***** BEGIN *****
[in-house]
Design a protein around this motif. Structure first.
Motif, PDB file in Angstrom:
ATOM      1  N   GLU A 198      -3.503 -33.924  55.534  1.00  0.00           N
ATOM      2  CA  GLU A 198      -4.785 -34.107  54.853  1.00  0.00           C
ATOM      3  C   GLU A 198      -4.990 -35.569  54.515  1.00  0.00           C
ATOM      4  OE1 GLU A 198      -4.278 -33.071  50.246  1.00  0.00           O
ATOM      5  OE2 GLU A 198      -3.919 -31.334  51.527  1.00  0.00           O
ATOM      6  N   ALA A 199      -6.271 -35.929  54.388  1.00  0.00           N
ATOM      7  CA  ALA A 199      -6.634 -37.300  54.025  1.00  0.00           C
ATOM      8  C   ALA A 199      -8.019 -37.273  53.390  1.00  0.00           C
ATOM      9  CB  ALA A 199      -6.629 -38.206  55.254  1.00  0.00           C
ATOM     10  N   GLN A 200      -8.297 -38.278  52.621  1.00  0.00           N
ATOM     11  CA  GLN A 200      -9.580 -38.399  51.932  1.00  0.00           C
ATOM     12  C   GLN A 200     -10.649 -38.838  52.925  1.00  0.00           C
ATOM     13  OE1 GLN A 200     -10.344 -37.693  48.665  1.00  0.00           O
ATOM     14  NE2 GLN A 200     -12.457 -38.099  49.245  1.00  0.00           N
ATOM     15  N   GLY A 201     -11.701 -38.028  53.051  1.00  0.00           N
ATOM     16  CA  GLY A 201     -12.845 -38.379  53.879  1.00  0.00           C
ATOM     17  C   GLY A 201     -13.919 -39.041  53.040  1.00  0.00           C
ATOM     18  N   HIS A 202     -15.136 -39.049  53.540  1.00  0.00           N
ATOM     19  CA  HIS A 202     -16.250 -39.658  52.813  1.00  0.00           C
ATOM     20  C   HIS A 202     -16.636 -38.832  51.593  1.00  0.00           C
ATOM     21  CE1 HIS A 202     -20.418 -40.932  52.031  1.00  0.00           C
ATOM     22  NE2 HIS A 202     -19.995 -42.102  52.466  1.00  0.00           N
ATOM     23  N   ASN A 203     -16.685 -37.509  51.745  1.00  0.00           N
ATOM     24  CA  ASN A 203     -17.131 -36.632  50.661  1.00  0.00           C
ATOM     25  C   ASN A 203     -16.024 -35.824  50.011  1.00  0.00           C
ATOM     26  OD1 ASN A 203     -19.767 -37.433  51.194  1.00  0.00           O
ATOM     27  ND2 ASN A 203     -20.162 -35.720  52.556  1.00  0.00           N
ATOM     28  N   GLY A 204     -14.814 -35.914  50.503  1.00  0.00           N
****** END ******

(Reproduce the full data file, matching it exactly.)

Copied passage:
[in-house]
Design a protein around this motif. Structure first.
Motif, PDB file in Angstrom:
ATOM      1  N   GLU A 198      -3.503 -33.924  55.534  1.00  0.00           N
ATOM      2  CA  GLU A 198      -4.785 -34.107  54.853  1.00  0.00           C
ATOM      3  C   GLU A 198      -4.990 -35.569  54.515  1.00  0.00           C
ATOM      4  OE1 GLU A 198      -4.278 -33.071  50.246  1.00  0.00           O
ATOM      5  OE2 GLU A 198      -3.919 -31.334  51.527  1.00  0.00           O
ATOM      6  N   ALA A 199      -6.271 -35.929  54.388  1.00  0.00           N
ATOM      7  CA  ALA A 199      -6.634 -37.300  54.025  1.00  0.00           C
ATOM      8  C   ALA A 199      -8.019 -37.273  53.390  1.00  0.00           C
ATOM      9  CB  ALA A 199      -6.629 -38.206  55.254  1.00  0.00           C
ATOM     10  N   GLN A 200      -8.297 -38.278  52.621  1.00  0.00           N
ATOM     11  CA  GLN A 200      -9.580 -38.399  51.932  1.00  0.00           C
ATOM     12  C   GLN A 200     -10.649 -38.838  52.925  1.00  0.00           C
ATOM     13  OE1 GLN A 200     -10.344 -37.693  48.665  1.00  0.00           O
ATOM     14  NE2 GLN A 200     -12.457 -38.099  49.245  1.00  0.00           N
ATOM     15  N   GLY A 201     -11.701 -38.028  53.051  1.00  0.00           N
ATOM     16  CA  GLY A 201     -12.845 -38.379  53.879  1.00  0.00           C
ATOM     17  C   GLY A 201     -13.919 -39.041  53.040  1.00  0.00           C
ATOM     18  N   HIS A 202     -15.136 -39.049  53.540  1.00  0.00           N
ATOM     19  CA  HIS A 202     -16.250 -39.658  52.813  1.00  0.00           C
ATOM     20  C   HIS A 202     -16.636 -38.832  51.593  1.00  0.00           C
ATOM     21  CE1 HIS A 202     -20.418 -40.932  52.031  1.00  0.00           C
ATOM     22  NE2 HIS A 202     -19.995 -42.102  52.466  1.00  0.00           N
ATOM     23  N   ASN A 203     -16.685 -37.509  51.745  1.00  0.00           N
ATOM     24  CA  ASN A 203     -17.131 -36.632  50.661  1.00  0.00           C
ATOM     25  C   ASN A 203     -16.024 -35.824  50.011  1.00  0.00           C
ATOM     26  OD1 ASN A 203     -19.767 -37.433  51.194  1.00  0.00           O
ATOM     27  ND2 ASN A 203     -20.162 -35.720  52.556  1.00  0.00           N
ATOM     28  N   GLY A 204     -14.814 -35.914  50.503  1.00  0.00           N